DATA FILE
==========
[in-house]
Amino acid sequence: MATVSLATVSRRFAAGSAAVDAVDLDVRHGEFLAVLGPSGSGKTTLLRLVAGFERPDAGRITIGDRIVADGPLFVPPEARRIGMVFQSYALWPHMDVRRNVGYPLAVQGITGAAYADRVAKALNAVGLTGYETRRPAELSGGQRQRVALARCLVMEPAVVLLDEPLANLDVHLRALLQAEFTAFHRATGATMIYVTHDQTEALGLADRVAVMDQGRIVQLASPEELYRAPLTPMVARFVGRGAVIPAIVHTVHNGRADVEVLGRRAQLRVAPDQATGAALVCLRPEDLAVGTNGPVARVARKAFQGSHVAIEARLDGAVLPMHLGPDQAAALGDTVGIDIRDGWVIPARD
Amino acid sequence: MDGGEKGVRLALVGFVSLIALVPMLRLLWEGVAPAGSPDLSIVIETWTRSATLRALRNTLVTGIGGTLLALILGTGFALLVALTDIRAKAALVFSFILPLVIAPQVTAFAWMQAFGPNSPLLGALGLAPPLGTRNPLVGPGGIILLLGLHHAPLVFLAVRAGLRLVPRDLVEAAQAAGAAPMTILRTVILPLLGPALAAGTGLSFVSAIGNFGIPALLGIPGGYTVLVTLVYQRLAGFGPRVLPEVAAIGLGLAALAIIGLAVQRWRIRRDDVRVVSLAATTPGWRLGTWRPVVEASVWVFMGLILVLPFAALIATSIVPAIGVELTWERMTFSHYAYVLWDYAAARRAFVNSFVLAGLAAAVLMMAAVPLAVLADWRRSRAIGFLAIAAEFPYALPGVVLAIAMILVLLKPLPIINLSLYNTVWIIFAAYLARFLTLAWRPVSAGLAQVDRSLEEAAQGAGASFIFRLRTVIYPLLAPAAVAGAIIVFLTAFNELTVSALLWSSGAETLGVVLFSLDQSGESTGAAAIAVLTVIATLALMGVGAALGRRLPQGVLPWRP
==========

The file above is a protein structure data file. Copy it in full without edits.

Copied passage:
[in-house]
Amino acid sequence: MATVSLATVSRRFAAGSAAVDAVDLDVRHGEFLAVLGPSGSGKTTLLRLVAGFERPDAGRITIGDRIVADGPLFVPPEARRIGMVFQSYALWPHMDVRRNVGYPLAVQGITGAAYADRVAKALNAVGLTGYETRRPAELSGGQRQRVALARCLVMEPAVVLLDEPLANLDVHLRALLQAEFTAFHRATGATMIYVTHDQTEALGLADRVAVMDQGRIVQLASPEELYRAPLTPMVARFVGRGAVIPAIVHTVHNGRADVEVLGRRAQLRVAPDQATGAALVCLRPEDLAVGTNGPVARVARKAFQGSHVAIEARLDGAVLPMHLGPDQAAALGDTVGIDIRDGWVIPARD
Amino acid sequence: MDGGEKGVRLALVGFVSLIALVPMLRLLWEGVAPAGSPDLSIVIETWTRSATLRALRNTLVTGIGGTLLALILGTGFALLVALTDIRAKAALVFSFILPLVIAPQVTAFAWMQAFGPNSPLLGALGLAPPLGTRNPLVGPGGIILLLGLHHAPLVFLAVRAGLRLVPRDLVEAAQAAGAAPMTILRTVILPLLGPALAAGTGLSFVSAIGNFGIPALLGIPGGYTVLVTLVYQRLAGFGPRVLPEVAAIGLGLAALAIIGLAVQRWRIRRDDVRVVSLAATTPGWRLGTWRPVVEASVWVFMGLILVLPFAALIATSIVPAIGVELTWERMTFSHYAYVLWDYAAARRAFVNSFVLAGLAAAVLMMAAVPLAVLADWRRSRAIGFLAIAAEFPYALPGVVLAIAMILVLLKPLPIINLSLYNTVWIIFAAYLARFLTLAWRPVSAGLAQVDRSLEEAAQGAGASFIFRLRTVIYPLLAPAAVAGAIIVFLTAFNELTVSALLWSSGAETLGVVLFSLDQSGESTGAAAIAVLTVIATLALMGVGAALGRRLPQGVLPWRP